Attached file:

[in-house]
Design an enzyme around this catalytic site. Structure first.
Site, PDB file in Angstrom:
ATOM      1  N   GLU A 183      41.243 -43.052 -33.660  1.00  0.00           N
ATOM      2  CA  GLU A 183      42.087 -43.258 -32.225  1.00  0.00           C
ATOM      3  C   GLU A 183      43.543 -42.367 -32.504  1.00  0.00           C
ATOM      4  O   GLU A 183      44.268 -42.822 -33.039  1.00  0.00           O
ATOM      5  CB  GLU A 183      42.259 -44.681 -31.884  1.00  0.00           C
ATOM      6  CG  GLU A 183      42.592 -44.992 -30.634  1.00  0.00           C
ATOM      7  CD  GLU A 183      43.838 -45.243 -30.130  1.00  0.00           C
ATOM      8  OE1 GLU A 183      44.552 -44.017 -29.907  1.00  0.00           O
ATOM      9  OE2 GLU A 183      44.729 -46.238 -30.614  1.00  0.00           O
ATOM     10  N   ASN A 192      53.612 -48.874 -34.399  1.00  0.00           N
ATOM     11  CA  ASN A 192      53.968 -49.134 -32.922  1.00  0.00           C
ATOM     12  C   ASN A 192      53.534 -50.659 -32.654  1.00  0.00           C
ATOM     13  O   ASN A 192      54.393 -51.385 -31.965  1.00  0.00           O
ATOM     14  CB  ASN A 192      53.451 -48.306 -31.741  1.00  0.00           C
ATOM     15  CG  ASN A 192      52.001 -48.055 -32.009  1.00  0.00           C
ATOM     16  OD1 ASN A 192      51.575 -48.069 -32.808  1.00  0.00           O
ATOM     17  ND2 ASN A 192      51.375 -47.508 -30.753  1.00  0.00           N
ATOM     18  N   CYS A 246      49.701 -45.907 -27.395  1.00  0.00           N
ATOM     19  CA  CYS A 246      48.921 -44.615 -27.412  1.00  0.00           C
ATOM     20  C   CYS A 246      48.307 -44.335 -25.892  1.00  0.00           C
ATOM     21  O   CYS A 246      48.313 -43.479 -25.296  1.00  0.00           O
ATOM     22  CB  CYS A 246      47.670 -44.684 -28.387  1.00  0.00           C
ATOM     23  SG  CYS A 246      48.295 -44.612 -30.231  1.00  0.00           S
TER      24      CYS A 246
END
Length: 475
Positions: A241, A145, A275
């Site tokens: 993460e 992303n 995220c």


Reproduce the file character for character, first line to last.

[in-house]
Design an enzyme around this catalytic site. Structure first.
Site, PDB file in Angstrom:
ATOM      1  N   GLU A 183      41.243 -43.052 -33.660  1.00  0.00           N
ATOM      2  CA  GLU A 183      42.087 -43.258 -32.225  1.00  0.00           C
ATOM      3  C   GLU A 183      43.543 -42.367 -32.504  1.00  0.00           C
ATOM      4  O   GLU A 183      44.268 -42.822 -33.039  1.00  0.00           O
ATOM      5  CB  GLU A 183      42.259 -44.681 -31.884  1.00  0.00           C
ATOM      6  CG  GLU A 183      42.592 -44.992 -30.634  1.00  0.00           C
ATOM      7  CD  GLU A 183      43.838 -45.243 -30.130  1.00  0.00           C
ATOM      8  OE1 GLU A 183      44.552 -44.017 -29.907  1.00  0.00           O
ATOM      9  OE2 GLU A 183      44.729 -46.238 -30.614  1.00  0.00           O
ATOM     10  N   ASN A 192      53.612 -48.874 -34.399  1.00  0.00           N
ATOM     11  CA  ASN A 192      53.968 -49.134 -32.922  1.00  0.00           C
ATOM     12  C   ASN A 192      53.534 -50.659 -32.654  1.00  0.00           C
ATOM     13  O   ASN A 192      54.393 -51.385 -31.965  1.00  0.00           O
ATOM     14  CB  ASN A 192      53.451 -48.306 -31.741  1.00  0.00           C
ATOM     15  CG  ASN A 192      52.001 -48.055 -32.009  1.00  0.00           C
ATOM     16  OD1 ASN A 192      51.575 -48.069 -32.808  1.00  0.00           O
ATOM     17  ND2 ASN A 192      51.375 -47.508 -30.753  1.00  0.00           N
ATOM     18  N   CYS A 246      49.701 -45.907 -27.395  1.00  0.00           N
ATOM     19  CA  CYS A 246      48.921 -44.615 -27.412  1.00  0.00           C
ATOM     20  C   CYS A 246      48.307 -44.335 -25.892  1.00  0.00           C
ATOM     21  O   CYS A 246      48.313 -43.479 -25.296  1.00  0.00           O
ATOM     22  CB  CYS A 246      47.670 -44.684 -28.387  1.00  0.00           C
ATOM     23  SG  CYS A 246      48.295 -44.612 -30.231  1.00  0.00           S
TER      24      CYS A 246
END
Length: 475
Positions: A241, A145, A275
């Site tokens: 993460e 992303n 995220c």